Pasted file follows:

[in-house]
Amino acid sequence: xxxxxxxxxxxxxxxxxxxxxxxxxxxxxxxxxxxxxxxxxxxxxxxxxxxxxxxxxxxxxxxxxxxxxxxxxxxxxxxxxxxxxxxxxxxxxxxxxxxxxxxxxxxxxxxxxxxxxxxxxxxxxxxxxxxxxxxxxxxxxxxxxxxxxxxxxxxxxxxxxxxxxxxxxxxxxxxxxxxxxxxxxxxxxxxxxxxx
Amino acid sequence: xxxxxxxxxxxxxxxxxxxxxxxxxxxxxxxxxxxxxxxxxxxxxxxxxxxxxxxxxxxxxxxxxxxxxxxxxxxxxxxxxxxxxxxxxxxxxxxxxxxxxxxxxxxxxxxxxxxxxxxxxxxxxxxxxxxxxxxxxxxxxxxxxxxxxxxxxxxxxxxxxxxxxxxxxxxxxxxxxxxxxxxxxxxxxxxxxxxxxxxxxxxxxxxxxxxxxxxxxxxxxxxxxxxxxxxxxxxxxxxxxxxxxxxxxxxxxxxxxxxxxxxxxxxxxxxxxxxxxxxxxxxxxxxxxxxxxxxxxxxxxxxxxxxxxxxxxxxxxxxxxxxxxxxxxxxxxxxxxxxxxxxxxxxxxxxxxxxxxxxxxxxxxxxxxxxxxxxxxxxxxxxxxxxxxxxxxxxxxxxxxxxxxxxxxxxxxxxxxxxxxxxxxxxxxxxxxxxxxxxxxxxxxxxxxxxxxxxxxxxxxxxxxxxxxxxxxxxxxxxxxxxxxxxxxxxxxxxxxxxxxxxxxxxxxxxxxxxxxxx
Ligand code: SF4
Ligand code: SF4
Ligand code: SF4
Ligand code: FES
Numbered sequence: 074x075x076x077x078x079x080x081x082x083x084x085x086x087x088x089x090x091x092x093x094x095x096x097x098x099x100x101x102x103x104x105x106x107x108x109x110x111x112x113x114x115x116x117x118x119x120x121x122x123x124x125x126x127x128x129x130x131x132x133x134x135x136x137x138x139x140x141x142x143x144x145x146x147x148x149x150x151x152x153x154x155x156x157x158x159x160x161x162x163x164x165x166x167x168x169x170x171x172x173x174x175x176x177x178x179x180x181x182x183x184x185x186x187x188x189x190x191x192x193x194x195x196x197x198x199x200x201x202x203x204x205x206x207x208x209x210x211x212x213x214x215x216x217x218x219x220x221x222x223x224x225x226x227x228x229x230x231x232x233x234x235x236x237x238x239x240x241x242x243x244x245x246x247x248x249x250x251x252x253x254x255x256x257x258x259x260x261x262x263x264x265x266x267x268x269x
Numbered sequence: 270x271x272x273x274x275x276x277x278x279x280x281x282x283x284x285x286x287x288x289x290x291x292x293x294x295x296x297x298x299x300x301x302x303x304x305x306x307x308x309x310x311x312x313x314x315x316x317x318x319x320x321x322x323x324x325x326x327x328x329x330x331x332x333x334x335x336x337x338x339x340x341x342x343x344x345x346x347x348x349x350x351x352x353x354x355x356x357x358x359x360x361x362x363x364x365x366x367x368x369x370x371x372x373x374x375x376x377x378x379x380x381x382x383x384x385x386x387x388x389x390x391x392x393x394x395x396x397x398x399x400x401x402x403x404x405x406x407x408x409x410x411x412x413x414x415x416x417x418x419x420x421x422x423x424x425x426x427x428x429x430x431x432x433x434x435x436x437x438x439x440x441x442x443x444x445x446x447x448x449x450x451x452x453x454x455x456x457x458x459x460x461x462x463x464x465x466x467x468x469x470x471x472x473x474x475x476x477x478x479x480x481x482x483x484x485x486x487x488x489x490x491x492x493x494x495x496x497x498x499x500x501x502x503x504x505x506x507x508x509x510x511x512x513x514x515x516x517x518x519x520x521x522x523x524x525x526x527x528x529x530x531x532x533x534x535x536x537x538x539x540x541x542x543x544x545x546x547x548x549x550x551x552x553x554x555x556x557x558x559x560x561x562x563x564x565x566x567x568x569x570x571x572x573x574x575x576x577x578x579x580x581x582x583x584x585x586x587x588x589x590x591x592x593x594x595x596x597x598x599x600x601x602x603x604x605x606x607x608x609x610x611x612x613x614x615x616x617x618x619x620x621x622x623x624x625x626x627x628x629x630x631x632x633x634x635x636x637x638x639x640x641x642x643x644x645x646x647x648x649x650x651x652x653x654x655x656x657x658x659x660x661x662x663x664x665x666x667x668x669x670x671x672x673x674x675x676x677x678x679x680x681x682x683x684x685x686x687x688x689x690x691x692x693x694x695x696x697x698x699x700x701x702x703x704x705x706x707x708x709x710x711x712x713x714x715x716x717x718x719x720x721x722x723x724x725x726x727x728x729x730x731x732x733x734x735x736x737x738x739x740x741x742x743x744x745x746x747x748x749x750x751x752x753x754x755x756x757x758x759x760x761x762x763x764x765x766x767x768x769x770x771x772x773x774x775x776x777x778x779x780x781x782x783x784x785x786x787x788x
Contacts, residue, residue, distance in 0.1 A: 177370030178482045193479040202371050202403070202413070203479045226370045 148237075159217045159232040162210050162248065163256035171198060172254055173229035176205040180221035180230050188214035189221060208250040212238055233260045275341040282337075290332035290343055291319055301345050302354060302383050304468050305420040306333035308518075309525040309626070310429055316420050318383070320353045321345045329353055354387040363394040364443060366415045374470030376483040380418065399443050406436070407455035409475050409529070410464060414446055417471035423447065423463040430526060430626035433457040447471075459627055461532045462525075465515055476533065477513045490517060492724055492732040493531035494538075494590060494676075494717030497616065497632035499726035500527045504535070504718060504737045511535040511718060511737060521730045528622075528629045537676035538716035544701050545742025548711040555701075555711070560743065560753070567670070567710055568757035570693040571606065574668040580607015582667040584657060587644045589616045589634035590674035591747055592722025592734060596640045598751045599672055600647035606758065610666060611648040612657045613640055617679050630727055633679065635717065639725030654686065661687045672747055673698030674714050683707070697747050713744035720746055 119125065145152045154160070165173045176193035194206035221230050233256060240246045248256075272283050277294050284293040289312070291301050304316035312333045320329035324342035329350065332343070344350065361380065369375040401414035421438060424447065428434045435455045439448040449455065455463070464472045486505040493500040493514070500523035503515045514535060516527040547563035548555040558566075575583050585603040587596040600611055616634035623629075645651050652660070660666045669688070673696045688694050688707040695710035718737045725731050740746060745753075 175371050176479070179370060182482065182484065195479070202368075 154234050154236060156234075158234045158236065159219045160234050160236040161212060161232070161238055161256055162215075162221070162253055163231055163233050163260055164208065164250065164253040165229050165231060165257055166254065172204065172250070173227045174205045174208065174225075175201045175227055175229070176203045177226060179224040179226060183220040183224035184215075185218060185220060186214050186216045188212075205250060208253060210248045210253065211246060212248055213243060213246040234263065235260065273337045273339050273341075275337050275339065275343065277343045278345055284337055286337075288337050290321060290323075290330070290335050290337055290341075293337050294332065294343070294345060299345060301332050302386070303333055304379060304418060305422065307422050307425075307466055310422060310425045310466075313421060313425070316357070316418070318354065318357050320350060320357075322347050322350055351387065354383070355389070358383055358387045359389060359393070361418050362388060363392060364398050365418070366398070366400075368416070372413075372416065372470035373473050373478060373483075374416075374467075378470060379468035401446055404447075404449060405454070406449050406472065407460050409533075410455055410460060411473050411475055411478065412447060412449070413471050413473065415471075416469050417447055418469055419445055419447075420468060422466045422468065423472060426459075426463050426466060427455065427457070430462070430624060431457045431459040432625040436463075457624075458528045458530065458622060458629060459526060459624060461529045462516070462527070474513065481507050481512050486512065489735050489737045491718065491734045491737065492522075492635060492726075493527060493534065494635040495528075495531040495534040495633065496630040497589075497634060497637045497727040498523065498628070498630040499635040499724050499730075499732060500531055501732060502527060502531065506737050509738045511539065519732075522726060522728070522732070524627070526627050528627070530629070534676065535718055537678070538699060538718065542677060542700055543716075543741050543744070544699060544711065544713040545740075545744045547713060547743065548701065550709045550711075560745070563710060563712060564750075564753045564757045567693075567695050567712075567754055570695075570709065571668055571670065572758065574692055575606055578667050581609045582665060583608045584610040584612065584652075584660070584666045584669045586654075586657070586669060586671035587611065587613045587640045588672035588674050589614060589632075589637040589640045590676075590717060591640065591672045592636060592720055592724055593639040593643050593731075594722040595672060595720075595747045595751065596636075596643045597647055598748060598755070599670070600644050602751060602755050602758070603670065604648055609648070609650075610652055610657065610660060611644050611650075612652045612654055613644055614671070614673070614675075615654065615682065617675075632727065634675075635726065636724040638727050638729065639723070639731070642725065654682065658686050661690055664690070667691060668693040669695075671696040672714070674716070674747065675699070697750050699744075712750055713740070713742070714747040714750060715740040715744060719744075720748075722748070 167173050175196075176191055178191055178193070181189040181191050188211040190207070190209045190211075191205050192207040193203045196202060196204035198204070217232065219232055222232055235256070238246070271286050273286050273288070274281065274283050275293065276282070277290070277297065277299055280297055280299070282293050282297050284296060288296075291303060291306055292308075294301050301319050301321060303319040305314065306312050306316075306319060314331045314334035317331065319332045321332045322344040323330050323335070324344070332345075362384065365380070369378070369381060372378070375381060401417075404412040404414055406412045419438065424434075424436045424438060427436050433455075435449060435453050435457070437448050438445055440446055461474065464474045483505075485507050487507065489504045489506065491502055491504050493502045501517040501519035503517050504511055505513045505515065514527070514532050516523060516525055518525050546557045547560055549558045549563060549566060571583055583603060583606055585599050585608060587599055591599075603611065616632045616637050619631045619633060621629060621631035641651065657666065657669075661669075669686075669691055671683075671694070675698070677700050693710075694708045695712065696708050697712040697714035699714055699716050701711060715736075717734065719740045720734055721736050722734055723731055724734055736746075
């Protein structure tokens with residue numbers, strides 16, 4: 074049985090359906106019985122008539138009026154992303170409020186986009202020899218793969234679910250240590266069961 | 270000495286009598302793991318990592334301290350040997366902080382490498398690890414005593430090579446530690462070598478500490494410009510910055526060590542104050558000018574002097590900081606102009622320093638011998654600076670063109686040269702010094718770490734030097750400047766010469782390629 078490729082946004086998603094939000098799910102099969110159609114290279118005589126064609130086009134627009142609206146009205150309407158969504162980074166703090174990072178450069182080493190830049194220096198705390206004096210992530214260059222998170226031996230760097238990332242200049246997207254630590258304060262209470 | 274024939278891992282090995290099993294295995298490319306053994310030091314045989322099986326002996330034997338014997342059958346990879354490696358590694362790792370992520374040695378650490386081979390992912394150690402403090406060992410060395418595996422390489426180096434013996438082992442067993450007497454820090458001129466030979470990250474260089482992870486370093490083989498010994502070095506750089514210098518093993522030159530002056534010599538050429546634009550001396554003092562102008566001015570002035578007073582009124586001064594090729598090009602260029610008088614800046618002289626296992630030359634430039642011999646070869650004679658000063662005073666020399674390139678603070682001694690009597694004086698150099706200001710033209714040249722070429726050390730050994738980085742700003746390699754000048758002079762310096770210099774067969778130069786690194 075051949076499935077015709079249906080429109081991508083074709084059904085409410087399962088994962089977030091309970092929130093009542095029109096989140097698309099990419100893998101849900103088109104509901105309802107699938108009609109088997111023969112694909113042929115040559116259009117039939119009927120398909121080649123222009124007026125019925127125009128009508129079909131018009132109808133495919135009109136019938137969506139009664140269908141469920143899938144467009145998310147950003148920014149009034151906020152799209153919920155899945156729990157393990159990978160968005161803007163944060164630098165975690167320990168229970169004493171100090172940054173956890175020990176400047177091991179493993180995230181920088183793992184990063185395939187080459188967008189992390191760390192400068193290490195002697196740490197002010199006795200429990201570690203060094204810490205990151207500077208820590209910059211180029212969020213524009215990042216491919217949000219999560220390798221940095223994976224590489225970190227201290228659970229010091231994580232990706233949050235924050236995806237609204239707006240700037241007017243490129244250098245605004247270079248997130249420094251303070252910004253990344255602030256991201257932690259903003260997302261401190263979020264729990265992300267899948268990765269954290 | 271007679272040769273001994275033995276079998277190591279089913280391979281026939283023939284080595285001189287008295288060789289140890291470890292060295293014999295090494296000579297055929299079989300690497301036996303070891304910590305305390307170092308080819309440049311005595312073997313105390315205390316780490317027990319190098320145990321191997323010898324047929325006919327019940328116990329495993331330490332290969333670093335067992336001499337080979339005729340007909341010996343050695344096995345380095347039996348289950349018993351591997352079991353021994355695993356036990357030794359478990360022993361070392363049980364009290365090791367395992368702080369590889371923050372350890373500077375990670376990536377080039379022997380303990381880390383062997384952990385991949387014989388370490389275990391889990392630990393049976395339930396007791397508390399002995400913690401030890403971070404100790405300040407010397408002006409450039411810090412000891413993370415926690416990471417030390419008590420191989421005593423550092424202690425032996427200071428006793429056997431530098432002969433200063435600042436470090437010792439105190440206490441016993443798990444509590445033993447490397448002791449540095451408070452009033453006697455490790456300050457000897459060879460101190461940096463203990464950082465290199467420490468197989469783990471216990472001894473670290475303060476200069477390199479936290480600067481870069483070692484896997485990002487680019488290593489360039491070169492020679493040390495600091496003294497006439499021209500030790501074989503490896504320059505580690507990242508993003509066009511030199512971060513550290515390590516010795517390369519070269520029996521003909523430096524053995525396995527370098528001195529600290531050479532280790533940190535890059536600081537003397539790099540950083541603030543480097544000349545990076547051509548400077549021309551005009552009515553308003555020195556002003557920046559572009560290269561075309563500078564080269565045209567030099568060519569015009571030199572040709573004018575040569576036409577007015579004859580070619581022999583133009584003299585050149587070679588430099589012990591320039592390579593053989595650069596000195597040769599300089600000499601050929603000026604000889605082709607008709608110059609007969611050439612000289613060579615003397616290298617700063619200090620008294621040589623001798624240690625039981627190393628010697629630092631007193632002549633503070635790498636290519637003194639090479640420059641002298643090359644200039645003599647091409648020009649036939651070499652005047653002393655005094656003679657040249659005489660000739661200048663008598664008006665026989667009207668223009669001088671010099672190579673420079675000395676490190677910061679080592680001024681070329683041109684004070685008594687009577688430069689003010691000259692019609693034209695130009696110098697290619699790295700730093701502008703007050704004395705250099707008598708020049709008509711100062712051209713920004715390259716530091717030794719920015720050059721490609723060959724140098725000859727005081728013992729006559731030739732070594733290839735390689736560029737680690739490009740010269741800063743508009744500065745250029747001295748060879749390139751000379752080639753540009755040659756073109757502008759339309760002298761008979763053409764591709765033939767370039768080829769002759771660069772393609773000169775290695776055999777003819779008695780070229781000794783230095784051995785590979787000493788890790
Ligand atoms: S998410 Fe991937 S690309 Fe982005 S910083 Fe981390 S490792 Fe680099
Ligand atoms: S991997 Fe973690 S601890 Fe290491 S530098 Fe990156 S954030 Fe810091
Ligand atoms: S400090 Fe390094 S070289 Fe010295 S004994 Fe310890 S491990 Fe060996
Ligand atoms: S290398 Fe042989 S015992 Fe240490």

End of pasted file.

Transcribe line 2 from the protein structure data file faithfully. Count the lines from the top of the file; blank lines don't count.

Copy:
Amino acid sequence: xxxxxxxxxxxxxxxxxxxxxxxxxxxxxxxxxxxxxxxxxxxxxxxxxxxxxxxxxxxxxxxxxxxxxxxxxxxxxxxxxxxxxxxxxxxxxxxxxxxxxxxxxxxxxxxxxxxxxxxxxxxxxxxxxxxxxxxxxxxxxxxxxxxxxxxxxxxxxxxxxxxxxxxxxxxxxxxxxxxxxxxxxxxxxxxxxxxx